“My character is an archetypal Victorian gentleman,” he volunteers. “A repressed, Establishment-type chap who is distant from his children and can’t communicate with women. I couldn’t resist him as he’s so well written – he has to be because the action moves so rapidly that you don t have time for him not to be. Besides, a part in a Doctor Who Christmas special was just too good an opportunity to pass up.”
Of course, Ward is no stranger to being in hit BBC dramas. But, he says, there’s a difference between being a series regular and being a guest star. “When you’re a lead [as he was in Silent Witness], you feel a responsibility, as if you’re the host of a party. You want to make sure everyone feels welcome and confident. As a guest star, you’re like the guest at the party. I admire Matt enormously because when you’re playing a part like the Doctor, you have to be a leader and your energy has to be unremitting.”
Ward is impressed by the whole Who production team’s stamina and ability to function on a calendar so out-of-sync with the rest of the country. “We filmed the Christmas special in August, when the Olympics were in full swing in London. When I finished filming for the day, I was glued to the Games in the evening. I think the nation was collectively surprised at how much we enjoyed it.”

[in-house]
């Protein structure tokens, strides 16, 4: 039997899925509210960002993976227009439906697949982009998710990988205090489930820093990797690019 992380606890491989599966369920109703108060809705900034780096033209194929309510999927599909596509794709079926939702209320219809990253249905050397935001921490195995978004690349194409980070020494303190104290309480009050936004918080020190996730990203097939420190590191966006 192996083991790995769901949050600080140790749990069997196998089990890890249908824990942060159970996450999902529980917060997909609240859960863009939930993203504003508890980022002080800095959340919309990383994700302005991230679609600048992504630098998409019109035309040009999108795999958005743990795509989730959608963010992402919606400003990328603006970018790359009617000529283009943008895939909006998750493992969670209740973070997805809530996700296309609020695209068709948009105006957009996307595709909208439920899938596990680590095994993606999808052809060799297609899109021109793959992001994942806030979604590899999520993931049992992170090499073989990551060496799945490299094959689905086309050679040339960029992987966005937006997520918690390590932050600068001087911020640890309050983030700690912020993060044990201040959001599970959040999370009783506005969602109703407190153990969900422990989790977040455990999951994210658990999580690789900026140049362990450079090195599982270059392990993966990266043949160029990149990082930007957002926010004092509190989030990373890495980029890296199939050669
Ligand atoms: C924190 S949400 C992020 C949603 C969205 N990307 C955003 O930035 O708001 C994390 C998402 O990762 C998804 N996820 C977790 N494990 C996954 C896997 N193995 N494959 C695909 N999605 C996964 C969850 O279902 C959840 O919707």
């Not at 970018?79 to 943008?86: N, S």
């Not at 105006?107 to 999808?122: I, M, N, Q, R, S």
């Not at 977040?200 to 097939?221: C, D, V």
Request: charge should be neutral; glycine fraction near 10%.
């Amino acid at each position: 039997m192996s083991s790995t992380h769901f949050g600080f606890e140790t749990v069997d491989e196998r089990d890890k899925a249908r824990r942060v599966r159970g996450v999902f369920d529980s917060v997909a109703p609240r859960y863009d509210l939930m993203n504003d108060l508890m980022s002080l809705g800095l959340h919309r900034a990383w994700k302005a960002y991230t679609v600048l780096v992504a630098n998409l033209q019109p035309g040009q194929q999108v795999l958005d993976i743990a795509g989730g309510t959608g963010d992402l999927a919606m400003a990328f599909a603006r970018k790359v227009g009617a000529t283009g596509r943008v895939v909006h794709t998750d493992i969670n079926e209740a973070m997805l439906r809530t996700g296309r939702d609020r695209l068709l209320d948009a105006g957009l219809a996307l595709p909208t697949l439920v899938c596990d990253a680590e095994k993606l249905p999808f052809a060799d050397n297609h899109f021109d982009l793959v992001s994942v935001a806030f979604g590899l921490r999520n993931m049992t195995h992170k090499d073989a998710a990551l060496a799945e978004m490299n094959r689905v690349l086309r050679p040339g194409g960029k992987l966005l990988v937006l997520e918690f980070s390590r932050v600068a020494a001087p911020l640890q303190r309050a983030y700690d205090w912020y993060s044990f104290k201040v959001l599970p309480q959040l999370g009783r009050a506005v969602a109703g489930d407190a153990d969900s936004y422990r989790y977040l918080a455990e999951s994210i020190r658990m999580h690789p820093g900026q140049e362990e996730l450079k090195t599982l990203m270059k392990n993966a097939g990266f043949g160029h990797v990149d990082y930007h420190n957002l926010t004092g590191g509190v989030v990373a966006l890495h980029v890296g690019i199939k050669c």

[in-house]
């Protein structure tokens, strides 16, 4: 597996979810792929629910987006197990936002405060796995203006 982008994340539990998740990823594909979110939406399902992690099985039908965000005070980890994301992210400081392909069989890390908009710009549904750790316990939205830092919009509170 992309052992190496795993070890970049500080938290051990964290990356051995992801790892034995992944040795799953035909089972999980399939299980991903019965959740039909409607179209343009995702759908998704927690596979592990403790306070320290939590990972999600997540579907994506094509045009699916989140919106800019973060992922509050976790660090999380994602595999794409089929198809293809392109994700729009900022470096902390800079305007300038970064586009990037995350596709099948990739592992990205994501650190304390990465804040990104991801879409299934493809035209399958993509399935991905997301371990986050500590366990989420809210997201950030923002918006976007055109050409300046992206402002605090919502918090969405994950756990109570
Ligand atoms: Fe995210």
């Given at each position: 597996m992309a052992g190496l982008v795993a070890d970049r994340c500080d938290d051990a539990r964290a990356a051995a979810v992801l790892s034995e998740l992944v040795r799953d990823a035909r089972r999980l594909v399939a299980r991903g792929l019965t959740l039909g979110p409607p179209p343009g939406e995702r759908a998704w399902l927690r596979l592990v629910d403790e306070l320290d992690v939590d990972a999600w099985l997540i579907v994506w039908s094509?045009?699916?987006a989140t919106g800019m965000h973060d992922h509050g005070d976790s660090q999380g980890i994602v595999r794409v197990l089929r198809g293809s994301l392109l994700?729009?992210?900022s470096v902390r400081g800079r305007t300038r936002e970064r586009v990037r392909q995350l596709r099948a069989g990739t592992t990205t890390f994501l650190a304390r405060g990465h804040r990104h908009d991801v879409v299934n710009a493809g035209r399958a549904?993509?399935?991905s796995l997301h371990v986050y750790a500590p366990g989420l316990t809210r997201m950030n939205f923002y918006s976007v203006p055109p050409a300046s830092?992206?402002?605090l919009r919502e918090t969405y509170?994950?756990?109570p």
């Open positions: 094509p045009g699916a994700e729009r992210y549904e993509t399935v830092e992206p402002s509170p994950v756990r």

For Ward, it sounds as if being part of Doctor Who was similarly feel-good, not least because of the kudos it earned him with his own children.
“They were away in the summer when I was filming so couldn’t come to visit, but Matt very kindly wrote them a card each,” he says. “The Doctor Who Christmas special is such an event, with such a special sparkle.” Mention of this “sparkle” may be the biggest clue Ward gives when it comes to revealing the secrets of The Snowmen – particularly when considered with something that Coleman says of the story. “It’s very snowy,” she teases, “and that’s more of a hint than you think.”
This may not sound terribly telling, so perhaps the best way to solve the pleasingly perplexing puzzle is the same way you solve any puzzle – look at it long and hard. For an hour on Christmas Day!
The Doctor Who Christmas special is on Christmas Day at 5:15pm on BBC1